Replace what isn’t working, if you need it.

It’s inevitable. Things break down or stop working over time.

Our devices, our vehicles, tools, clothing, medications, our routines and habits. They all tend to wear out or cease to function eventually.

For me, it is the mantle clock in our den. I like the way it looks. It’s convenient to simply glance up to see what time it is.

A few days ago, I noticed it was stuck at 9:55. I figured it was an easy fix—just replace the battery. Nope. It appears the quartz mechanism is broken.

I usually have my phone with me. I could simply check my phone for the time. Or I could hit the display button on the TV remote for the same purpose. But both require an extra step.

Quartz mechanisms are fairly reasonable online, less than $10.00. But one will likely require some retrofitting. I’m still torn whether to fix the clock or not.

I don’t technically need it. But I do like it. It seems irresponsible to simply treat it as a throw-away item. Meanwhile, the clock is still stuck at 9:55.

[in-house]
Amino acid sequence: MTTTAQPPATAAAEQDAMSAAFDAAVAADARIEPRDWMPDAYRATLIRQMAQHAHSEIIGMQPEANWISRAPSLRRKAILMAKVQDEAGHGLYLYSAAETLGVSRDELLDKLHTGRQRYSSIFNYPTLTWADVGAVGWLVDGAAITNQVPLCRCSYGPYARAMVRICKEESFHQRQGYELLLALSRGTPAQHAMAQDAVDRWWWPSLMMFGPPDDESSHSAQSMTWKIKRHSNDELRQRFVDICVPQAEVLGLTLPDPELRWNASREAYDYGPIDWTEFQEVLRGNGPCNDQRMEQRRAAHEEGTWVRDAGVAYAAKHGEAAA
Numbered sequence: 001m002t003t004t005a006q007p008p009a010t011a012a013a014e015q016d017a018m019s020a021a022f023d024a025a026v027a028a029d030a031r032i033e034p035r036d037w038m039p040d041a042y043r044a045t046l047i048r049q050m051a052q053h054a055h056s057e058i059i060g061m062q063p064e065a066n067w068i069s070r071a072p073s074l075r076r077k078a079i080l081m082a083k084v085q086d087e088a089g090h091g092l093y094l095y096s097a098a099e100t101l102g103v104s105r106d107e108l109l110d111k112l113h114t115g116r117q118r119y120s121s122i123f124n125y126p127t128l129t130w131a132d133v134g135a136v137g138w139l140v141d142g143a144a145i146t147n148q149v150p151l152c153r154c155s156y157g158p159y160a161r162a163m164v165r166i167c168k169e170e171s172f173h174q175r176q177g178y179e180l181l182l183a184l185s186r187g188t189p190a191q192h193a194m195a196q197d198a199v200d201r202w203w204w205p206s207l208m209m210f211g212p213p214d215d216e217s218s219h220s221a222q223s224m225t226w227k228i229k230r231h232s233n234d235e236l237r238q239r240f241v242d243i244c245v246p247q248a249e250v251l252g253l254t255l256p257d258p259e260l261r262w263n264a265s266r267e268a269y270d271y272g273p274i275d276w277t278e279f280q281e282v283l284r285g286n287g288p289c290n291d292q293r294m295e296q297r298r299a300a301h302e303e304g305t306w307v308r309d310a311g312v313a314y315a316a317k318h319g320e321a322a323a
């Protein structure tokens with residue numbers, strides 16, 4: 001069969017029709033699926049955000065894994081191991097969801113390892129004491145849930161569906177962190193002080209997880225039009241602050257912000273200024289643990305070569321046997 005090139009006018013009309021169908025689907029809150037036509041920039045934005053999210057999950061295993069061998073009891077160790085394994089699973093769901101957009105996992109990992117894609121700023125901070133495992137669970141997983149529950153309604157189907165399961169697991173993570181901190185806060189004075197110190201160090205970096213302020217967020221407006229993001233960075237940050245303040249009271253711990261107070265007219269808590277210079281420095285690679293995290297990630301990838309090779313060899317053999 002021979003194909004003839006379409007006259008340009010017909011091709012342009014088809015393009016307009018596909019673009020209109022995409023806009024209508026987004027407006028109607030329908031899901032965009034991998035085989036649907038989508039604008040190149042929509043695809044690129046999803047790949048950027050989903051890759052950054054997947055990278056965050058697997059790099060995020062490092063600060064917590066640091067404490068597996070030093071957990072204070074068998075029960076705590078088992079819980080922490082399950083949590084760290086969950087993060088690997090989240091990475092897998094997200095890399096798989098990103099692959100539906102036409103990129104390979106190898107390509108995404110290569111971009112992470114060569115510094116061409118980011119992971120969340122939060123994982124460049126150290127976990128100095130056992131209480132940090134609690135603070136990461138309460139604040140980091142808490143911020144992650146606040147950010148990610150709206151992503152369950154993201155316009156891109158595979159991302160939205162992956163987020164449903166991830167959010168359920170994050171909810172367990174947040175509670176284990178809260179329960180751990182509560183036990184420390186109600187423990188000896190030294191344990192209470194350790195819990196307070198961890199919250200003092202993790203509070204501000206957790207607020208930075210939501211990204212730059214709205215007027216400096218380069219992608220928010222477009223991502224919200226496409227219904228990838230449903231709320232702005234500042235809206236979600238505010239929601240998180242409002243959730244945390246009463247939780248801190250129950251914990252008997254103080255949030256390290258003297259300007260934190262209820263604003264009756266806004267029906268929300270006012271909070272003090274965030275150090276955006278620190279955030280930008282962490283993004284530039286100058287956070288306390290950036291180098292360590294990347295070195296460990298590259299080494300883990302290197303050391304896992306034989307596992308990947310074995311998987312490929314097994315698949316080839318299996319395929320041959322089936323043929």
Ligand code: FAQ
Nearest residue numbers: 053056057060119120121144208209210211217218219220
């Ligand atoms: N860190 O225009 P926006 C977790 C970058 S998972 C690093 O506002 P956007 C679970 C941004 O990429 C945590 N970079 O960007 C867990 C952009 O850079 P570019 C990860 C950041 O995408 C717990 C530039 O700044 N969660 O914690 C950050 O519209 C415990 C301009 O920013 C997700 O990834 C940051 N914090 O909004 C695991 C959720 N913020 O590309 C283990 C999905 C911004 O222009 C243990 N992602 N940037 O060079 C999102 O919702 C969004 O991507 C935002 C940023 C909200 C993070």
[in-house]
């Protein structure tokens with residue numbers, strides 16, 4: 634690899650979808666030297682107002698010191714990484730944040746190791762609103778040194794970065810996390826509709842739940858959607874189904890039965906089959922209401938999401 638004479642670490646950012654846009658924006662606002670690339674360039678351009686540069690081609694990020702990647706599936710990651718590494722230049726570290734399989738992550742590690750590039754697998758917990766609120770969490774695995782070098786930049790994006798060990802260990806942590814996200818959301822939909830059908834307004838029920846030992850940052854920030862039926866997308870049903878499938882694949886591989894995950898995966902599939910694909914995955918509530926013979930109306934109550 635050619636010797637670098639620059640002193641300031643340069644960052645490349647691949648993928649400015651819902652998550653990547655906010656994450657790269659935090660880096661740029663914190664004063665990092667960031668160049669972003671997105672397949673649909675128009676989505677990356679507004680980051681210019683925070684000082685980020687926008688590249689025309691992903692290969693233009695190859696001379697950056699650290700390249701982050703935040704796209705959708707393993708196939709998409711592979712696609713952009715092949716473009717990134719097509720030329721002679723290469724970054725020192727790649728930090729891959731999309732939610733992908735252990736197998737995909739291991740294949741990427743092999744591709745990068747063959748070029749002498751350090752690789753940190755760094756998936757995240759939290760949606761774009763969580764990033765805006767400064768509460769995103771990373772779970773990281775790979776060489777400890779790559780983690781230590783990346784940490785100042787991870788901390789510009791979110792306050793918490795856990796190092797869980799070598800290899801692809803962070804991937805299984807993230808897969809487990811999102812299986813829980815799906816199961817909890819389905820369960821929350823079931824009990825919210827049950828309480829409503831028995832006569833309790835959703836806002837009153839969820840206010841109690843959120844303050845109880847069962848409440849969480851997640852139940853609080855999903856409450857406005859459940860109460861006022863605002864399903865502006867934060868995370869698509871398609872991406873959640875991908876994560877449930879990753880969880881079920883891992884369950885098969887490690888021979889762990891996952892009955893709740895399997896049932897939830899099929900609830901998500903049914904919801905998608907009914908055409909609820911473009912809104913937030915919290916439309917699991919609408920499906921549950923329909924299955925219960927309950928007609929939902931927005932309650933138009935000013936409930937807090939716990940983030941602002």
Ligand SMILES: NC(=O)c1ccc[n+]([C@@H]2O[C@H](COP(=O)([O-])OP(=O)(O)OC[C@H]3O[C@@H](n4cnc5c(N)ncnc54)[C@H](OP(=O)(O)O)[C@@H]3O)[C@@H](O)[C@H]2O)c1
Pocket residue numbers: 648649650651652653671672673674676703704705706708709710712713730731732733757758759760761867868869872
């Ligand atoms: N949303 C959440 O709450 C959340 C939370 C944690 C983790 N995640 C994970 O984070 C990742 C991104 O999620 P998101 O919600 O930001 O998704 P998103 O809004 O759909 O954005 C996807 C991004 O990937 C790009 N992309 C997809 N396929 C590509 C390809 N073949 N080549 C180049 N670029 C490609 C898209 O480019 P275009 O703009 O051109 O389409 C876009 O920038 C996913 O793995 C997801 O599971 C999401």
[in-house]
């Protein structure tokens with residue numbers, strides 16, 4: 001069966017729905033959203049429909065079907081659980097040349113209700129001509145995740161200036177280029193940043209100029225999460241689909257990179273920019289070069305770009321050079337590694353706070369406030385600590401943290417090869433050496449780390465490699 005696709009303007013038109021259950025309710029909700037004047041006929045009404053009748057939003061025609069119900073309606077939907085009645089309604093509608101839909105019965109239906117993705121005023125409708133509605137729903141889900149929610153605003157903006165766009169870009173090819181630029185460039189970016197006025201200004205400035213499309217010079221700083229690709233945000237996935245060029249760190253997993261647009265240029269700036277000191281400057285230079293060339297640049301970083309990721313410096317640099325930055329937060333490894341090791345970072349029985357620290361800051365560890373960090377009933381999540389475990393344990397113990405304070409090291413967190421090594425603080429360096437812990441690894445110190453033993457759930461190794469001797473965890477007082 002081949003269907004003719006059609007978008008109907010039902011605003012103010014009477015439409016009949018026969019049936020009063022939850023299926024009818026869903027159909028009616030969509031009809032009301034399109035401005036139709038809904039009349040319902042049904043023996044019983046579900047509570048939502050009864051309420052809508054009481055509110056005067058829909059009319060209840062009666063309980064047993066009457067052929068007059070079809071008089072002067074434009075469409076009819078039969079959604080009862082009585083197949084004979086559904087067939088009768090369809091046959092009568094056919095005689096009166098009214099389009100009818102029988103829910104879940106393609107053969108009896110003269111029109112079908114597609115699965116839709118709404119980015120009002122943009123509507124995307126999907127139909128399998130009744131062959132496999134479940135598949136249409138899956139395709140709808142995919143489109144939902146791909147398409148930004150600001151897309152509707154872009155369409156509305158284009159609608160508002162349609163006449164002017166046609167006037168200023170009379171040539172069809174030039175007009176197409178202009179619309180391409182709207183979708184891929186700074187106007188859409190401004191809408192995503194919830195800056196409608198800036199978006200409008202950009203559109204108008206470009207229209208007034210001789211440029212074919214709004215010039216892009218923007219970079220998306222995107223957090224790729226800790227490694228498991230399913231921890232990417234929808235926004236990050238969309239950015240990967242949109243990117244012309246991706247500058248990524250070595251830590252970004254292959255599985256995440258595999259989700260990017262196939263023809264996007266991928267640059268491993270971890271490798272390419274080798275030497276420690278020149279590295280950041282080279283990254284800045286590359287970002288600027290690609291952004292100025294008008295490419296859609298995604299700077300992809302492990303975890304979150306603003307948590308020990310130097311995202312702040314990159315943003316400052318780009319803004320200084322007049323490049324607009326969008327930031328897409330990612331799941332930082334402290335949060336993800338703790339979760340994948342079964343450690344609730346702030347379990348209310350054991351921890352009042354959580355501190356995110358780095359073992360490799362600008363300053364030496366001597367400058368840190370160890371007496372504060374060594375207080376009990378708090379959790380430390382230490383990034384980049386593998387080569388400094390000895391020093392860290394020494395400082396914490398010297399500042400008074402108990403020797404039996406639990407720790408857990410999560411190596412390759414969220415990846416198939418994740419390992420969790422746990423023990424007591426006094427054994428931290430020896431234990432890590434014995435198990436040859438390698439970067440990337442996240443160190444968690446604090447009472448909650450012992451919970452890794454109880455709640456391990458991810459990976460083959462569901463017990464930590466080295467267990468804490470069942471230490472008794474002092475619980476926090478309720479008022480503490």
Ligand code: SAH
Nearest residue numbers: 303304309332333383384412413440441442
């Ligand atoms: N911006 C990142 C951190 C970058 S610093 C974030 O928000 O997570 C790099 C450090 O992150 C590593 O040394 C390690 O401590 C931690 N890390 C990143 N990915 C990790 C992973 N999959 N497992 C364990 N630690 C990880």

The clock is an extremely minor issue. But in our consumer culture, we may wish to pause to ponder whether we need to repair or replace everything that breaks down. Perhaps we do and perhaps we don’t.

The same can be true of relationships and even habits and routines. Was the item serving a positive or useful purpose? Did we need it? How much did we enjoy it? Is it important to have it or a similar presence in our lives?

Today’s message invites me to be discerning in what I choose to repair or replace. Having an item break down is perhaps an opportunity to simplify my life.

Please reflect and share. What’s broken in your life presently? Do you need to repair or replace it?